Working with a white gold base, the engraver first traces the outlines of the figures and then hollows them out as cells using the champlevétechnique. Next comes the copperplate engraving that defines the details of the demons. The enameller fills the cavities thus hollowed out, an operation requiring infinite precision in that the repetitive symmetry of the pattern simply cannot tolerate even the tiniest flaw. After several firings in the kiln, during which the grey and blue colours are progressively set in place, the artisan applies a final layer of translucent enamel to the imps in order to accentuate the depth of the engraved motifs. The guillocheur then moves into action to craft the angel robes and wings by patiently incising the colourful material. It is extremely rare that guilloché work on an enamelled model is done as the last phase, precisely due to the extreme complexity of such an operation, since any slip of the tool could jeopardise the precious work of an entire team of artisans.
Engraving, Grand Feu enamelling, gemsetting and guilloché work
Red, brown, gemset or silver-toned, the lizards take over the dial to create a captivatingly animated effect. Inspired by one of the Dutch artist’s lithographs named Reptiles, the watch springs to life beneath the intermingled effect of four ancestral decorative arts.
The engraver begins his work by hollowing out the motifs from a yellow gold base. The enameller then fills in the lizards heading southwards with a taupe-coloured enamel, while those going west are coated in crimson red. The gemsetter then chooses to adorn the coats of certain reptiles with round-cut diamonds and finally, the master guillocheur dextrously enlivens the remaining lizards by highlighting their tiny scales measuring just a few tenths of a millimetre.
Engraving meets gold and mother-of-pearl marquetry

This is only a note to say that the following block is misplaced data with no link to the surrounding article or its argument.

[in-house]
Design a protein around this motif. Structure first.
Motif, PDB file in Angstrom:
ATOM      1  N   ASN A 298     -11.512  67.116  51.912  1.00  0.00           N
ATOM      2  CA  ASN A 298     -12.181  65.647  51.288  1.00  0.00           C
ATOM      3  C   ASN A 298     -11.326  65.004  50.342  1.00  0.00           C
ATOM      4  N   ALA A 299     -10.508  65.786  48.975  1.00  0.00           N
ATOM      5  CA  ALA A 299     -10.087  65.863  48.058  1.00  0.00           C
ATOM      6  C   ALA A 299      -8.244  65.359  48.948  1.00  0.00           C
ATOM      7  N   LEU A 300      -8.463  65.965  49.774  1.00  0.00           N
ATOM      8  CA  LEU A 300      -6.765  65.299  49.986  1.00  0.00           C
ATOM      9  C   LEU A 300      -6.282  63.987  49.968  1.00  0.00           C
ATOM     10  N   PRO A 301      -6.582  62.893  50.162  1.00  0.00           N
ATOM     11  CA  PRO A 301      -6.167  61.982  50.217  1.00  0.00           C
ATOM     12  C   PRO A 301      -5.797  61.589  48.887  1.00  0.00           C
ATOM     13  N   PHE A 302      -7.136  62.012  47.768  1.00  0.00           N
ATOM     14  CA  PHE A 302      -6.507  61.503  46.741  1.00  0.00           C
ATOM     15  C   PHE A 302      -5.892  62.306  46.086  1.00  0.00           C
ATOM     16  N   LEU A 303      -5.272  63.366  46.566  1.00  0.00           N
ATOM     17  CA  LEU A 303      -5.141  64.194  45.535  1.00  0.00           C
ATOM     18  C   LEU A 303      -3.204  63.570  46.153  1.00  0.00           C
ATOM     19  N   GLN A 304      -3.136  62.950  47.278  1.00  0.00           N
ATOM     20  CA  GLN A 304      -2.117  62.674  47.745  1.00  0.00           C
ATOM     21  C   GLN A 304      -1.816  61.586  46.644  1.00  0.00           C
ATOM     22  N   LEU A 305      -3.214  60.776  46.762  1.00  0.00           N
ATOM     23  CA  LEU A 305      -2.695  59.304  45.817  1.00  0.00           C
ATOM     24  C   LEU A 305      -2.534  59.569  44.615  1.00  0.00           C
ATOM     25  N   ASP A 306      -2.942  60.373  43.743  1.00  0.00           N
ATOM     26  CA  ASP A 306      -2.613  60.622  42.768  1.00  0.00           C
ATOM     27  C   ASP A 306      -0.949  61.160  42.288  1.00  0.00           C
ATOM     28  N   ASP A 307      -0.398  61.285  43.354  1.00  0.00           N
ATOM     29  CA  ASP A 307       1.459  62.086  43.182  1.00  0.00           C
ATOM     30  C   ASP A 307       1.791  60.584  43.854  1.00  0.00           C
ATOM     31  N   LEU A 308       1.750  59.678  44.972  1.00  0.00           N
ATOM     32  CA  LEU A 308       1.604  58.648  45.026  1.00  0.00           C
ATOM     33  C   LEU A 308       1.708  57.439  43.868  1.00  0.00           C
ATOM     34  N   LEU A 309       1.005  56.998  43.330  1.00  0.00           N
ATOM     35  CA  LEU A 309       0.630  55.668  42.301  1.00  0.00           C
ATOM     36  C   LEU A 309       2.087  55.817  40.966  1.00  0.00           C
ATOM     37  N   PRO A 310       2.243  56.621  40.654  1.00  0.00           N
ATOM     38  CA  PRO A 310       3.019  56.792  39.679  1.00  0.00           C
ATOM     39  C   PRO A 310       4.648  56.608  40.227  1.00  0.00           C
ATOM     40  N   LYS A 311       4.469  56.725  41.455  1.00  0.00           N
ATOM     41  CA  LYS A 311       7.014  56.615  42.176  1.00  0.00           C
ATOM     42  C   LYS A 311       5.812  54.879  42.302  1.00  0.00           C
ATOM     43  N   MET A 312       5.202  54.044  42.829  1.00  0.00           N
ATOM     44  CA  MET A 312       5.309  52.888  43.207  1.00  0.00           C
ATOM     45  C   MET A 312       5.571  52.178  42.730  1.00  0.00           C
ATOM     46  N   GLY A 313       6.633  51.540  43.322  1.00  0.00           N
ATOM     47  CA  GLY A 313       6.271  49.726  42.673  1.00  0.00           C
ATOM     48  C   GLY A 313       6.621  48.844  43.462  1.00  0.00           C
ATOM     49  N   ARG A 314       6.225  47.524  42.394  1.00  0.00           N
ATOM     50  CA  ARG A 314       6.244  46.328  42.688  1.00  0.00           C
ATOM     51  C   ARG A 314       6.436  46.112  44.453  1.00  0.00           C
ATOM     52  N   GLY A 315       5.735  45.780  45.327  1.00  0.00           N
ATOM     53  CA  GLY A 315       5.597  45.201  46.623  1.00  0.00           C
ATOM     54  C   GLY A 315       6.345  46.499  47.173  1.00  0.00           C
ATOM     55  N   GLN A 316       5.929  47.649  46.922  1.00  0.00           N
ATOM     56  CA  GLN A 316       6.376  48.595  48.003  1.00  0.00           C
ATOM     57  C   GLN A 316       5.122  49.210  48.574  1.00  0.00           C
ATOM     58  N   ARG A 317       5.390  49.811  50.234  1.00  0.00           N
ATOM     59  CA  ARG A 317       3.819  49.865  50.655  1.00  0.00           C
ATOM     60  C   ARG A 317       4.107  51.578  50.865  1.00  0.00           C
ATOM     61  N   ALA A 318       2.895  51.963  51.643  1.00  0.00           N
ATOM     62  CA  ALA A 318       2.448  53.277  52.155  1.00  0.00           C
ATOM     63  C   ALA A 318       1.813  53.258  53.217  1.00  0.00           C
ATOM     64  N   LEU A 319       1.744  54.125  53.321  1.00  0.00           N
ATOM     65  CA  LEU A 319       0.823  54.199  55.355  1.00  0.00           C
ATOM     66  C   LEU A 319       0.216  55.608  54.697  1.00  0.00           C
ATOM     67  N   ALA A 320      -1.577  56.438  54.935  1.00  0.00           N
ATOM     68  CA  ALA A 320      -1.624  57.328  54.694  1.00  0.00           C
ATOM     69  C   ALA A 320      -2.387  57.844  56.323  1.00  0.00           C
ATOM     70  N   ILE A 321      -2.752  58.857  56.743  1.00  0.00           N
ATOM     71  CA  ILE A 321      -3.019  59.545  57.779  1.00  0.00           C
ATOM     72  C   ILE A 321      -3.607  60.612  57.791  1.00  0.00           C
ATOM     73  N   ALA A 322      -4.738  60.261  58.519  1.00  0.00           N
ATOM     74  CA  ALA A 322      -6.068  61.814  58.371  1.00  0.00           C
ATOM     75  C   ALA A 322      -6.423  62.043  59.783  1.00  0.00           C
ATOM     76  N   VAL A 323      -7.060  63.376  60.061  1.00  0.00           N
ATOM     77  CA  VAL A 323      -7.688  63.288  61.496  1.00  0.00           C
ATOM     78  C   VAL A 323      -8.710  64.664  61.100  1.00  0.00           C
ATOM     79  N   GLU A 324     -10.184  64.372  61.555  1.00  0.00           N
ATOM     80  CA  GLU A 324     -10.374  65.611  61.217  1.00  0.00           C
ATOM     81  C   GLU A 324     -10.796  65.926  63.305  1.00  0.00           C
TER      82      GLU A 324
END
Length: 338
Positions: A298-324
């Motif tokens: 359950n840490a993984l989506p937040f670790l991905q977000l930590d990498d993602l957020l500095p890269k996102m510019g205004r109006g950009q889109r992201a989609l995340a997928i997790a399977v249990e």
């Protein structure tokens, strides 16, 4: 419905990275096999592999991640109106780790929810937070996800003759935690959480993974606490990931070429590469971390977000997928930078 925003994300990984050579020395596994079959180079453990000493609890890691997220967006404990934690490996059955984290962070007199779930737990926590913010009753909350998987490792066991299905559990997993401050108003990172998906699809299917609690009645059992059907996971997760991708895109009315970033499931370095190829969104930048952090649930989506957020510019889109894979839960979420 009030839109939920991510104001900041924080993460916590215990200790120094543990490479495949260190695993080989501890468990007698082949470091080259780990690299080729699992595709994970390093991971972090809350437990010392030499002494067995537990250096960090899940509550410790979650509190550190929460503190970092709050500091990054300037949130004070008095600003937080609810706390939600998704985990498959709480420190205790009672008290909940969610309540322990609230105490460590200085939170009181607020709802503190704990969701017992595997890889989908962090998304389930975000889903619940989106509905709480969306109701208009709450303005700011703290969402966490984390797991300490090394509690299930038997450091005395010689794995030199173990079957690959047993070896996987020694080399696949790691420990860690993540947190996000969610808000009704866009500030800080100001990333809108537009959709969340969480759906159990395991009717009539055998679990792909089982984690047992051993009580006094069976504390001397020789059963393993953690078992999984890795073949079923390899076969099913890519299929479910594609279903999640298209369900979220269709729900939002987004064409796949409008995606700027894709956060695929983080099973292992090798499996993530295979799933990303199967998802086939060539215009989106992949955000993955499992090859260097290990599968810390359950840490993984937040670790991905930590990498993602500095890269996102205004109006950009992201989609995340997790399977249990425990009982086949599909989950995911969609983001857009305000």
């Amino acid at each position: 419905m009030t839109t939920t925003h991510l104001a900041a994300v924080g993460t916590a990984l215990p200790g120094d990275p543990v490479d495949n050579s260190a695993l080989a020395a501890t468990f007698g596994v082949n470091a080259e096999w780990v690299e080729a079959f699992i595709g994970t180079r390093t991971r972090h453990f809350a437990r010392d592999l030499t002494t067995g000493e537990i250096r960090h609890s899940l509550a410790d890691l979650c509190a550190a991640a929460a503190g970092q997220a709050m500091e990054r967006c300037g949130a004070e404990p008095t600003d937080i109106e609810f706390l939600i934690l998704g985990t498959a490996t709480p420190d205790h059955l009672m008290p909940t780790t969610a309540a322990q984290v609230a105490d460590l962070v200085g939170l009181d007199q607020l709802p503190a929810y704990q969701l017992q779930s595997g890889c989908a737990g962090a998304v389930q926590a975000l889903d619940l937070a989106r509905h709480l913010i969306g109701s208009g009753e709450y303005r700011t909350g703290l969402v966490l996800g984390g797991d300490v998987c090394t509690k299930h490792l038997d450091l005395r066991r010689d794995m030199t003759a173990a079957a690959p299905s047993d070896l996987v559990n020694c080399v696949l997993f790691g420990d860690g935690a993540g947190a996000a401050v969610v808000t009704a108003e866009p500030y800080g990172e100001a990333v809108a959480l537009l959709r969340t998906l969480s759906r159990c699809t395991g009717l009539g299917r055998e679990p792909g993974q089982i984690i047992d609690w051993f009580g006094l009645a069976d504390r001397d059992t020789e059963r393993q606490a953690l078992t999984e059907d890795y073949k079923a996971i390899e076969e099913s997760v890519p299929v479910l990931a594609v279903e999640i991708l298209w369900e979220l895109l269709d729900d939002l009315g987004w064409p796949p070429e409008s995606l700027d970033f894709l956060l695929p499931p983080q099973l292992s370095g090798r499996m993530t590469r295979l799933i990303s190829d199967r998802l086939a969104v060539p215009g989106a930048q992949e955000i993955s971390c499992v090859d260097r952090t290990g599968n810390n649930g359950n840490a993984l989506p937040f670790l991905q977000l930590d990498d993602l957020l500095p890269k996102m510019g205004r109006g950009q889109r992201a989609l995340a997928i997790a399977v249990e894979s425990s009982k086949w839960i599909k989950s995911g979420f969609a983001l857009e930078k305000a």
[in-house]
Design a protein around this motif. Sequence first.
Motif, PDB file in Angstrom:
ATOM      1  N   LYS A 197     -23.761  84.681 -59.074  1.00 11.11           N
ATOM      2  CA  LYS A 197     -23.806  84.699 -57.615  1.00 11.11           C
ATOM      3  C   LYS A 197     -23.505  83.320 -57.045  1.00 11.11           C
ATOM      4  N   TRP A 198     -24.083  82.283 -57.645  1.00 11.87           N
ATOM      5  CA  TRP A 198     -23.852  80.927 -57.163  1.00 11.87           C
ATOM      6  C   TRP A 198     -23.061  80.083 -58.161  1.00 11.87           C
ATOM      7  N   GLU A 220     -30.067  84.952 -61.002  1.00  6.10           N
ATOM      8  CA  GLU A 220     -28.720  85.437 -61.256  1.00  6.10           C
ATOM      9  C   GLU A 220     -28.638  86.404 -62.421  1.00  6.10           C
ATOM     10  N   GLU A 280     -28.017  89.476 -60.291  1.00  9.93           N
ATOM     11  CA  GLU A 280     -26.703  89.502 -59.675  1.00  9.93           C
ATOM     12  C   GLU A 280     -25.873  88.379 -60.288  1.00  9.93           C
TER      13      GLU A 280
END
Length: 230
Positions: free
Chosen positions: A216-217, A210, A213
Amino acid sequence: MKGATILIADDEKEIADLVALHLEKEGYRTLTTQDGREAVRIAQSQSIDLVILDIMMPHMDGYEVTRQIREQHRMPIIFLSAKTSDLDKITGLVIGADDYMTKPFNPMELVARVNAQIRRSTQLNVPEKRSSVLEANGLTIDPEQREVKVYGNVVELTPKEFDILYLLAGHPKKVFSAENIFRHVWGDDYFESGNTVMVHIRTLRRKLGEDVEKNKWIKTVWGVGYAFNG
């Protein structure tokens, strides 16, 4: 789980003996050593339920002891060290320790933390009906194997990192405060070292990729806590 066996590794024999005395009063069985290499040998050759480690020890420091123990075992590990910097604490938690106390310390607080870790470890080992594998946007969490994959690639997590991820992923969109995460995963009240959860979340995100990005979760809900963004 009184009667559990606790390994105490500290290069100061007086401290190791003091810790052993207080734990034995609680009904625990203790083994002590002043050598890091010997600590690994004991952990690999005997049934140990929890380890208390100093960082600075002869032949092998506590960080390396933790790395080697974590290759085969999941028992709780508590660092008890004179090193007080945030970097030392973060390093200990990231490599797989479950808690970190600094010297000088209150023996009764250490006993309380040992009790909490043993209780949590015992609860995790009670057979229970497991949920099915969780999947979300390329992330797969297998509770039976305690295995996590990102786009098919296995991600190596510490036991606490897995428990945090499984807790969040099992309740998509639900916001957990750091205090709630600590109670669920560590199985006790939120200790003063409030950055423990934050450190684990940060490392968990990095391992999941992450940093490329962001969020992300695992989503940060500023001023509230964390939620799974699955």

The majestic Ottoman horsemen with their inimitably proud bearing straddle the dial crafted in a superb gold and mother-of-pearl marquetry pattern. The shimmering colours of the materials mingle in perfect harmony.
The art of marquetry has been practised since time immemorial. The Egyptians used it in the form of precious stones and ivory inlaid into cosmetic cases and furniture. In the Middle Ages, Venice and the Byzantine empire exported luxury objects to the West featuring black and white geometrical motifs created by inlaying gold, ivory or mother-of-pearl into wooden veneers in a subtle range of lighter to darker shades.
The marquetry artist crafts a particularly complex object by adjusting two diametrically opposing materials. Each horseman is first cut out from gold and mother-of-pearl before being meticulously assembled, like a puzzle, on a gold base. There are no visible gaps between the figures – a tough challenge indeed within such a small space. Mother-of-pearl calls for extreme attention, since it is extremely fragile and must feature the perfect combination of thickness, specific colours and shapes, smoothly combining curves and straight lines in order to follow the lines of its gold counterpart. At the end of the process, the engraver perfects the horsemen and horses by hollowing out the details of their anatomy.